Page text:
Thursday, August 28, 2008

Costa Rica Day 1: Watch for Falling Coconuts

San Jose is nice. Nothing to write home about but it is a clean city. And the traffic lights work. Plus the Costa Rican's drive in a civilized manner, not like the Lebanese who never saw a traffic law they liked. Crime is apparently something of a problem, though. All the houses I saw had tall gates around them with razor wire around the tops of the fences. And there were guards at all the entrances of the hotel. I don't know how much of that was justified, and how much was paranoia, but the residents seem to take it seriously. I didn't have any trouble, though.

The flight to Palmar Sur was on a high-winged, twin-engined, 20-passenger plane with nice big windows. The flight was a little bumpy coming out of San Jose, but once we got around the mountains and made it over the costal lowlands it smoothed out. From the air Costa Rica is a lush, green beautiful country. You can see individual houses, and small and medium sized villages in the jungle. On a side note: when flying around in Costa Rica be sure and pay attention when the pilot tells you where you are. Otherwise you might get left somewhere you don't want to be. Obviously I got back on the plane in time.

Dan met me at the airstrip at Palmar Sur and took me for a smoothie while we got to know one another a little bit. I helped him with a little shopping he had to do then we were off to the town of Sierpe, on the Sierpe river. We would leave from here by boat to go to Sabalo Lodge. After about a 45 minute drive we reached Sierpe . We ate lunch at the Las Vegas restaurant (seriously) while we waited for the tide to be right so we could get to the lodge. We had the whole fried fish (some kind of snapper, I think) and papatosomthing-or-other. It's slices of plantain that are fried, pounded flat, the fried again. Pure yumminess.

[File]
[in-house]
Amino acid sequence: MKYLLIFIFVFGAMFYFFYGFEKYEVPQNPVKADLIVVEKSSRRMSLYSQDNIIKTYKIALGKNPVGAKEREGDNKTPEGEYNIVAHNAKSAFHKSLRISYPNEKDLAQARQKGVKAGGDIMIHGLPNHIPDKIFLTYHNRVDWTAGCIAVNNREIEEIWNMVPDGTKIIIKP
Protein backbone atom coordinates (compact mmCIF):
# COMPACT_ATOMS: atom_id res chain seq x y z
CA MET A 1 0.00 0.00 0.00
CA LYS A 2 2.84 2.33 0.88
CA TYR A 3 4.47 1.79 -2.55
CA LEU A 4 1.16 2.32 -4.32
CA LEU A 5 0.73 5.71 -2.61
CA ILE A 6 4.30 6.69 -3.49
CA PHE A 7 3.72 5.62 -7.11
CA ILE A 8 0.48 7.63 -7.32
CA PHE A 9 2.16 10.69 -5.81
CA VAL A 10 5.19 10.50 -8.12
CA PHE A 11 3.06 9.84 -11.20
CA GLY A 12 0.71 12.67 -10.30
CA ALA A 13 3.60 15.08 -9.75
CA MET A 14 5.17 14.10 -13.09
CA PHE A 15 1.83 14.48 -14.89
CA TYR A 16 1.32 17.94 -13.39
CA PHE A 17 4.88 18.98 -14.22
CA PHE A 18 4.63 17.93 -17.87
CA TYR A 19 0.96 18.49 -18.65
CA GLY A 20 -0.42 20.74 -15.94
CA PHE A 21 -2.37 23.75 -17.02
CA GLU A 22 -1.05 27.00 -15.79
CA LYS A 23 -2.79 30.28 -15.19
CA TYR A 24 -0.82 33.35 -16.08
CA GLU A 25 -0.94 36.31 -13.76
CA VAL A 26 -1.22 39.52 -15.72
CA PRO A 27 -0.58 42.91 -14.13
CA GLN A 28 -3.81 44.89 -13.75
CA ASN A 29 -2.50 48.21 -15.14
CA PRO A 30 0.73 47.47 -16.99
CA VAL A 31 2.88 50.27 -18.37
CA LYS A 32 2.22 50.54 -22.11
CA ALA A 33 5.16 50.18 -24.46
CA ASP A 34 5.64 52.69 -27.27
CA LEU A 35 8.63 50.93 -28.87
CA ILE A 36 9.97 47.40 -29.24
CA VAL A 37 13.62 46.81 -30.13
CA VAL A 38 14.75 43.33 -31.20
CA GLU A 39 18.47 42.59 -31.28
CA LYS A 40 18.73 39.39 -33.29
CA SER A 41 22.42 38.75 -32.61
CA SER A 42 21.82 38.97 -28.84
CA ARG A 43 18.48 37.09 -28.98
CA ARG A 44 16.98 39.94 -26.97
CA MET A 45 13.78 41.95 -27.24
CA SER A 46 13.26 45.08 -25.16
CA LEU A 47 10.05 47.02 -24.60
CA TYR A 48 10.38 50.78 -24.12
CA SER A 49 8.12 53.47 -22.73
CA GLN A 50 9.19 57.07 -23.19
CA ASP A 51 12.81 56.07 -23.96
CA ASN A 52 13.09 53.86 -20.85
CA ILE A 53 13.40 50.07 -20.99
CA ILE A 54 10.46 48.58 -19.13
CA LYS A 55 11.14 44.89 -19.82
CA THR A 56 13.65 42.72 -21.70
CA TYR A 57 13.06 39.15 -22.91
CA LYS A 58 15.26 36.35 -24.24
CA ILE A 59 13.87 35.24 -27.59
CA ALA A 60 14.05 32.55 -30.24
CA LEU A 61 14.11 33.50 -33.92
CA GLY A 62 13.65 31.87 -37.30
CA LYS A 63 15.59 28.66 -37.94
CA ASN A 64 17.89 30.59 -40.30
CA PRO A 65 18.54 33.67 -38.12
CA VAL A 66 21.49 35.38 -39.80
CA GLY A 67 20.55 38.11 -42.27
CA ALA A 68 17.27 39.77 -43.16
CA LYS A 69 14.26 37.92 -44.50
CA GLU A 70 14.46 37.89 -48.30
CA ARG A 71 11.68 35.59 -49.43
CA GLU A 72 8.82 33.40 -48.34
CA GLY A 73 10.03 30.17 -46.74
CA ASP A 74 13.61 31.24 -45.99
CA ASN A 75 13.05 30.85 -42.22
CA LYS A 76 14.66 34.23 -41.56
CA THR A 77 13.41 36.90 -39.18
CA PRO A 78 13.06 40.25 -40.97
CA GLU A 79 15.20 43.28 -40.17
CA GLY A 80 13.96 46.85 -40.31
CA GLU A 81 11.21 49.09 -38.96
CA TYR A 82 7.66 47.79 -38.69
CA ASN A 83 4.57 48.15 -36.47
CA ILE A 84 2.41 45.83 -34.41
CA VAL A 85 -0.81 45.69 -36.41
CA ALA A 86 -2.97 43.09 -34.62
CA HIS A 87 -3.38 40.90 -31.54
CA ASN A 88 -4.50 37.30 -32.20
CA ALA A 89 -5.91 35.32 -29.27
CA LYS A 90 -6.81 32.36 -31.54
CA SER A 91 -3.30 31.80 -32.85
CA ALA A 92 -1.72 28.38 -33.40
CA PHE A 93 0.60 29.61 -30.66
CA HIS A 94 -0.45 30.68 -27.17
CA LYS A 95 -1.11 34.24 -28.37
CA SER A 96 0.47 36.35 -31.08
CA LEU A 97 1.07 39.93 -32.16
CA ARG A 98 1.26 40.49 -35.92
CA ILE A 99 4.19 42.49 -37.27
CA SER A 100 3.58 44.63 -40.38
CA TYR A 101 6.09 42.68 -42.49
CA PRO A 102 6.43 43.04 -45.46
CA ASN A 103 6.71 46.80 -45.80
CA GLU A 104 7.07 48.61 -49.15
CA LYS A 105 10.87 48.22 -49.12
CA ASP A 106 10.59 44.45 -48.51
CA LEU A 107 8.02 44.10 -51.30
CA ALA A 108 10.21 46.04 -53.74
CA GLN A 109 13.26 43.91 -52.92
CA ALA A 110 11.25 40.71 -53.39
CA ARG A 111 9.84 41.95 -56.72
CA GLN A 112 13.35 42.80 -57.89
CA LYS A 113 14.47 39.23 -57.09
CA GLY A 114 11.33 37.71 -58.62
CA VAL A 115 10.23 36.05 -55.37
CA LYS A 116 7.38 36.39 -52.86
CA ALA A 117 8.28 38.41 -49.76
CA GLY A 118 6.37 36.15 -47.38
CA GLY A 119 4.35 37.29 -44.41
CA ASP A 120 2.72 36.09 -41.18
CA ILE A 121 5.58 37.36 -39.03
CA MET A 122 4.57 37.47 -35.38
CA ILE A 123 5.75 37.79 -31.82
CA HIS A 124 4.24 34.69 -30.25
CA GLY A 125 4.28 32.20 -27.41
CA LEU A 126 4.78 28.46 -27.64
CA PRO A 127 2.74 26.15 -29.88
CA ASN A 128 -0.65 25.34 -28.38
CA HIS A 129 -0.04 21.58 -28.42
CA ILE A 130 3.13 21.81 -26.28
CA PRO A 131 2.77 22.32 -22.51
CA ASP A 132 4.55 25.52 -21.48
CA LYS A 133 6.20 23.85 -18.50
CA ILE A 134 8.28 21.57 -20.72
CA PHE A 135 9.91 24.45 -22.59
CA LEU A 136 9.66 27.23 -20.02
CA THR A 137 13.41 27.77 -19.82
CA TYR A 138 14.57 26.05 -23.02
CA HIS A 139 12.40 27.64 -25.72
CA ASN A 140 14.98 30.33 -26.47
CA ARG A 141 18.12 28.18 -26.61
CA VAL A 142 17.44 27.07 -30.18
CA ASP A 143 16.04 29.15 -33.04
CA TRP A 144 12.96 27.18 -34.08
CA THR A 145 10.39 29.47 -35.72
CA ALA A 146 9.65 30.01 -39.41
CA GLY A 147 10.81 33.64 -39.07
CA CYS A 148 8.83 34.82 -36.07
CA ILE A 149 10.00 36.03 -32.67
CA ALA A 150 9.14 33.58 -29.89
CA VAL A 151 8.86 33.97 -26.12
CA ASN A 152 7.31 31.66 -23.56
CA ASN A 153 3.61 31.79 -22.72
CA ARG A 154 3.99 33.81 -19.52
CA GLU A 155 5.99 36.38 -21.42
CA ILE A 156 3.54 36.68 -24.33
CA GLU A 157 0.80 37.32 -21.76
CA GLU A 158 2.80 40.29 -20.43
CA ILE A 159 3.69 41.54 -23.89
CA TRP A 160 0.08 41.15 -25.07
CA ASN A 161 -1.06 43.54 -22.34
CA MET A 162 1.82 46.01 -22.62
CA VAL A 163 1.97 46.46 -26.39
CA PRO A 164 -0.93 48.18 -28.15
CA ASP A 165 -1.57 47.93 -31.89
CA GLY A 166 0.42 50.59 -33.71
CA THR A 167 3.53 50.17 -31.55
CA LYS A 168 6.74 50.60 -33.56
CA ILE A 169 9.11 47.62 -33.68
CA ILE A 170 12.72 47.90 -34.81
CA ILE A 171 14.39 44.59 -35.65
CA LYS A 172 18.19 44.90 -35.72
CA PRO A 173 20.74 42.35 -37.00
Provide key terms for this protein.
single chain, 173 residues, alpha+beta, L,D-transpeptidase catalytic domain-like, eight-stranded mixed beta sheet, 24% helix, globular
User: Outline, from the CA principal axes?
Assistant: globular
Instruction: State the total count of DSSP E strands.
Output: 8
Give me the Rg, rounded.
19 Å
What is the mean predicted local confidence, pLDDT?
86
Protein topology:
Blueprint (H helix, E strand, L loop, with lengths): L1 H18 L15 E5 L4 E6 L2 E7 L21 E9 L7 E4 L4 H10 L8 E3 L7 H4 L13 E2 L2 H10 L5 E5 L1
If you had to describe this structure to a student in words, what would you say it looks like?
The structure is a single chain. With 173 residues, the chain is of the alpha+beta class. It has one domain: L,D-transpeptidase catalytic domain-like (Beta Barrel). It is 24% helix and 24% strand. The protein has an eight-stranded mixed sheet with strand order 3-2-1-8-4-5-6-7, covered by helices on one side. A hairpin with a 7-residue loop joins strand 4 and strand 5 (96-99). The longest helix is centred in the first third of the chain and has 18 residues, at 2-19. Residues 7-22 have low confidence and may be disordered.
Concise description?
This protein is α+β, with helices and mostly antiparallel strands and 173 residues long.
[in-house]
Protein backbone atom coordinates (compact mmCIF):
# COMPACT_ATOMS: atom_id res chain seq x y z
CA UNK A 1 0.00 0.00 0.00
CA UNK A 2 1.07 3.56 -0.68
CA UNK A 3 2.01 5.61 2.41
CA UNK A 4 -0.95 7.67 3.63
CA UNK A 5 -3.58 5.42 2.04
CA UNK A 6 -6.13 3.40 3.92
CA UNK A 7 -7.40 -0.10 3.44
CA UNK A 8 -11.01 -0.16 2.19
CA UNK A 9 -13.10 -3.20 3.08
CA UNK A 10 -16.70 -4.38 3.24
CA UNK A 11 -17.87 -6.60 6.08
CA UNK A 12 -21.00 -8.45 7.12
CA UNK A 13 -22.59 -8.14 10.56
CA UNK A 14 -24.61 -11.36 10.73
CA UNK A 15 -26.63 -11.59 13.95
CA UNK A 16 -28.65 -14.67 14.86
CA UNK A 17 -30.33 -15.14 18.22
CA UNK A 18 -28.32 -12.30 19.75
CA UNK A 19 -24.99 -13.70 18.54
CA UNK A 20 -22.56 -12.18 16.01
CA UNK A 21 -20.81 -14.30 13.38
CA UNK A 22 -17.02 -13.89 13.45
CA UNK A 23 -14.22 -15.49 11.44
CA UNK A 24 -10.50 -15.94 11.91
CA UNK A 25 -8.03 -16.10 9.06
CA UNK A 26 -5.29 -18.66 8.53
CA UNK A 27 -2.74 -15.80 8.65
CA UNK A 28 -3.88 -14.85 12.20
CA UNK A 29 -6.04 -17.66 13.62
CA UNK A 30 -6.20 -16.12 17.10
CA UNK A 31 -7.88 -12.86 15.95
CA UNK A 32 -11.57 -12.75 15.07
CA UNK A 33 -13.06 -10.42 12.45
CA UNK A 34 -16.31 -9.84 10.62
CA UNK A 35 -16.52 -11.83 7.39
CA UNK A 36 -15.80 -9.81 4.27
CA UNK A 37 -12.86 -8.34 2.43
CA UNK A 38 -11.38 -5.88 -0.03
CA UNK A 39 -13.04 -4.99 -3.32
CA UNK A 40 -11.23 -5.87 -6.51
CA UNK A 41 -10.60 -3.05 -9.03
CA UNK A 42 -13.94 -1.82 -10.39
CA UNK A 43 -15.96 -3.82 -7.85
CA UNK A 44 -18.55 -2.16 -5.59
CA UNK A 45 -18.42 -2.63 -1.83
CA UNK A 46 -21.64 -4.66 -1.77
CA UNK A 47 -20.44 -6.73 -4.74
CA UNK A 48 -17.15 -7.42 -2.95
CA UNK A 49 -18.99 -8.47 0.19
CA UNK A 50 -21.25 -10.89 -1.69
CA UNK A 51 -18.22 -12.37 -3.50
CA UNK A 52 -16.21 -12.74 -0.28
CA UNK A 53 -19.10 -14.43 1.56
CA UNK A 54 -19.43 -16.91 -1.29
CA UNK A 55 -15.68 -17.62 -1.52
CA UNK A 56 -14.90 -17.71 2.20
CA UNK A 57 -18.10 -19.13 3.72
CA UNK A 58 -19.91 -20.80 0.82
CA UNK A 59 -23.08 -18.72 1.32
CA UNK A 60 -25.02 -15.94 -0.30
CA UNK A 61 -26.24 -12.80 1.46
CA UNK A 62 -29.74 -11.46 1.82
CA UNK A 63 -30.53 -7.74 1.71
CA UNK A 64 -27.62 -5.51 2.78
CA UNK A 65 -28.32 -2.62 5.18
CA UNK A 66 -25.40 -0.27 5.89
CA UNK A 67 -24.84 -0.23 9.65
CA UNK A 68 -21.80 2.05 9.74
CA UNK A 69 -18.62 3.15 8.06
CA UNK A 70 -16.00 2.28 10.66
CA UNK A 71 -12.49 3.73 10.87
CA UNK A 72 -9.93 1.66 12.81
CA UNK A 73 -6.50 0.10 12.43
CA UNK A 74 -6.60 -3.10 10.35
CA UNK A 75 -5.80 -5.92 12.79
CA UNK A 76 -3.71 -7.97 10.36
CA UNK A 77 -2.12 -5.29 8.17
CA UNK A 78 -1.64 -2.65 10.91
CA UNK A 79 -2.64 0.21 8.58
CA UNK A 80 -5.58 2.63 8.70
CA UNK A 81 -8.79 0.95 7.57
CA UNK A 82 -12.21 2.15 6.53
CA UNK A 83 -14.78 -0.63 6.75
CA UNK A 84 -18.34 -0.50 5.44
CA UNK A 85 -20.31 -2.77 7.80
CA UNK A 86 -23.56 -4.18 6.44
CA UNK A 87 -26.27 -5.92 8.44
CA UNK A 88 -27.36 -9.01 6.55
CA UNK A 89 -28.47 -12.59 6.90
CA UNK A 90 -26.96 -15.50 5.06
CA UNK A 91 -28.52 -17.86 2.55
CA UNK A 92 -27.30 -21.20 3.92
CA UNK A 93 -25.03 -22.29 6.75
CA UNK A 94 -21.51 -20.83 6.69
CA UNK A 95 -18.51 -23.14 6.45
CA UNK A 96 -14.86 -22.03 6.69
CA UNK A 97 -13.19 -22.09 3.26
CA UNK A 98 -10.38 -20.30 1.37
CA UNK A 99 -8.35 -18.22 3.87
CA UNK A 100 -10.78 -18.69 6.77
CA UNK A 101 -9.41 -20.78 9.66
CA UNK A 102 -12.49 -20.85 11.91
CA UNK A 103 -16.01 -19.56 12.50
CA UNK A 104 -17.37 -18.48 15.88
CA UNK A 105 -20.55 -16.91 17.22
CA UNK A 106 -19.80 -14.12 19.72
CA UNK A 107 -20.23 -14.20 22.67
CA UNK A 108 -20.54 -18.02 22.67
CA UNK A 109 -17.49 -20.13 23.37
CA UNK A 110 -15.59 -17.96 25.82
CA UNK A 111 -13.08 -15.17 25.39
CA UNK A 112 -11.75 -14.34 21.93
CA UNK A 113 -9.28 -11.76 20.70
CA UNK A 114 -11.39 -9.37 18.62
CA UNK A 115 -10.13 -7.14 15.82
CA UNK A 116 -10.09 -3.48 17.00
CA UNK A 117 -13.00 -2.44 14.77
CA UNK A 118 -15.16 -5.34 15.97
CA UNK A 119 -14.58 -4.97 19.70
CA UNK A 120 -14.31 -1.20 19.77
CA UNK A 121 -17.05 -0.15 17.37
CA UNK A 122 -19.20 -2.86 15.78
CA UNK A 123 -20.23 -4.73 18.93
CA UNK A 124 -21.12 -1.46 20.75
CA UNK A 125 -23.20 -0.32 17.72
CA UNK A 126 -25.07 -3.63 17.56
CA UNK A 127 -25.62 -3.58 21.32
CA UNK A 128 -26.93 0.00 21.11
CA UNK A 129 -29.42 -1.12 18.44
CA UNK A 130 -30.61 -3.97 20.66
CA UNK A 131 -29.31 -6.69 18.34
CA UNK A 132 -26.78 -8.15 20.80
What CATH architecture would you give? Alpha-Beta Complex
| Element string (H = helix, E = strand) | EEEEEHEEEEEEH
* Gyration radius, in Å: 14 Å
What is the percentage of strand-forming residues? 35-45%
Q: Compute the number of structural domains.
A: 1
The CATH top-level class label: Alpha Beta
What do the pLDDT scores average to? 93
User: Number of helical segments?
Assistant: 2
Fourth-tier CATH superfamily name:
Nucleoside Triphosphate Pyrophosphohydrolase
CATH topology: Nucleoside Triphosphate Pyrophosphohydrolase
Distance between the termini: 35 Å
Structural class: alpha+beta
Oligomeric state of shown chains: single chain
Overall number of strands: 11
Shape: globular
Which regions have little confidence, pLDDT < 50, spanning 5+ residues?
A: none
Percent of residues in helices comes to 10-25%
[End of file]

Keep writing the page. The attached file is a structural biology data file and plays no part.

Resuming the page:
The 40 minute boat ride to the lodge was very pleasant. However the Sierpe river is, quite literally, crocodile-infested waters. We saw 4 crocs on the way--3 were sunning on the shore and one was swimming in the river. The largest appeared to be about 8 feet long. I don't know what size the one in the water was. The lodge itself is a nice, manicured oasis in the midst of the mangroves. The lawn is smooth and well maintained, and there are all kinds of tropical trees planted that offer shade as well some fruit. I had fresh coconut milk right out of the 'nut. Dan just sliced the top of for me, stuck in a straw and handed it to me. Neat! Signs every where warn to watch for falling coconuts, and they aren't kidding. One thudded down right beside me while I was stalking a butterfly with my camera. I jumped right out of my Birks.

A bit later I met Marc (French) and Illiana (Romanian). They were on vacation from their jobs in Haiti. They work for the U.N. teaching Haitian police European police methods. At dinner that night, with lots of prodding from Dan, Marc told us a bit about his speciality, non-lethal crowd control, and gave a demonstration on Dan. I watched. I was embarrassed to note that most U.S. cops tend to shoot first and ask questions later.

The rain started about 5:15 PM and it was real frog-strangler. It didn't let up for several hours so we all went to bed soon after dinner.

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